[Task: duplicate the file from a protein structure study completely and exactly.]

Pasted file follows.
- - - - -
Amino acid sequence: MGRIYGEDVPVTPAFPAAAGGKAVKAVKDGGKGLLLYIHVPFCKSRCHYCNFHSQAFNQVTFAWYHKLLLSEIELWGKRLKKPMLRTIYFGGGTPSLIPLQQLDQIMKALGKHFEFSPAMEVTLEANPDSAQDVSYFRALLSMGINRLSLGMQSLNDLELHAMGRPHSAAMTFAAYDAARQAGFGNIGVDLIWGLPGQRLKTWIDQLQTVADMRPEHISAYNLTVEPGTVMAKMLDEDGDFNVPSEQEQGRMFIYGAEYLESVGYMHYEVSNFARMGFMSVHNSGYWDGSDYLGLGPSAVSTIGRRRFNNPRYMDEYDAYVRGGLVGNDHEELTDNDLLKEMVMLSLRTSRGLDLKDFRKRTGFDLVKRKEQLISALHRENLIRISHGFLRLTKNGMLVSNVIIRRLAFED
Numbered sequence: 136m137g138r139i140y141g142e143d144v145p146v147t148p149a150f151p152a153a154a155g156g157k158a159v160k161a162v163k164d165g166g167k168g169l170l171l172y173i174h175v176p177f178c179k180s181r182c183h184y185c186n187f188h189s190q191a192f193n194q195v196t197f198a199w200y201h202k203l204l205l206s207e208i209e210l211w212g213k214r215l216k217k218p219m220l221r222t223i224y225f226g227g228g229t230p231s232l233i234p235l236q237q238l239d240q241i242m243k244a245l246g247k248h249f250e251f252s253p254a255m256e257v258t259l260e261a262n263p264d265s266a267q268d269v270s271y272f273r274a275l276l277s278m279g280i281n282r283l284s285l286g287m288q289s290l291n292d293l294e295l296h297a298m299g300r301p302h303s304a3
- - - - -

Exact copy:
Amino acid sequence: MGRIYGEDVPVTPAFPAAAGGKAVKAVKDGGKGLLLYIHVPFCKSRCHYCNFHSQAFNQVTFAWYHKLLLSEIELWGKRLKKPMLRTIYFGGGTPSLIPLQQLDQIMKALGKHFEFSPAMEVTLEANPDSAQDVSYFRALLSMGINRLSLGMQSLNDLELHAMGRPHSAAMTFAAYDAARQAGFGNIGVDLIWGLPGQRLKTWIDQLQTVADMRPEHISAYNLTVEPGTVMAKMLDEDGDFNVPSEQEQGRMFIYGAEYLESVGYMHYEVSNFARMGFMSVHNSGYWDGSDYLGLGPSAVSTIGRRRFNNPRYMDEYDAYVRGGLVGNDHEELTDNDLLKEMVMLSLRTSRGLDLKDFRKRTGFDLVKRKEQLISALHRENLIRISHGFLRLTKNGMLVSNVIIRRLAFED
Numbered sequence: 136m137g138r139i140y141g142e143d144v145p146v147t148p149a150f151p152a153a154a155g156g157k158a159v160k161a162v163k164d165g166g167k168g169l170l171l172y173i174h175v176p177f178c179k180s181r182c183h184y185c186n187f188h189s190q191a192f193n194q195v196t197f198a199w200y201h202k203l204l205l206s207e208i209e210l211w212g213k214r215l216k217k218p219m220l221r222t223i224y225f226g227g228g229t230p231s232l233i234p235l236q237q238l239d240q241i242m243k244a245l246g247k248h249f250e251f252s253p254a255m256e257v258t259l260e261a262n263p264d265s266a267q268d269v270s271y272f273r274a275l276l277s278m279g280i281n282r283l284s285l286g287m288q289s290l291n292d293l294e295l296h297a298m299g300r301p302h303s304a3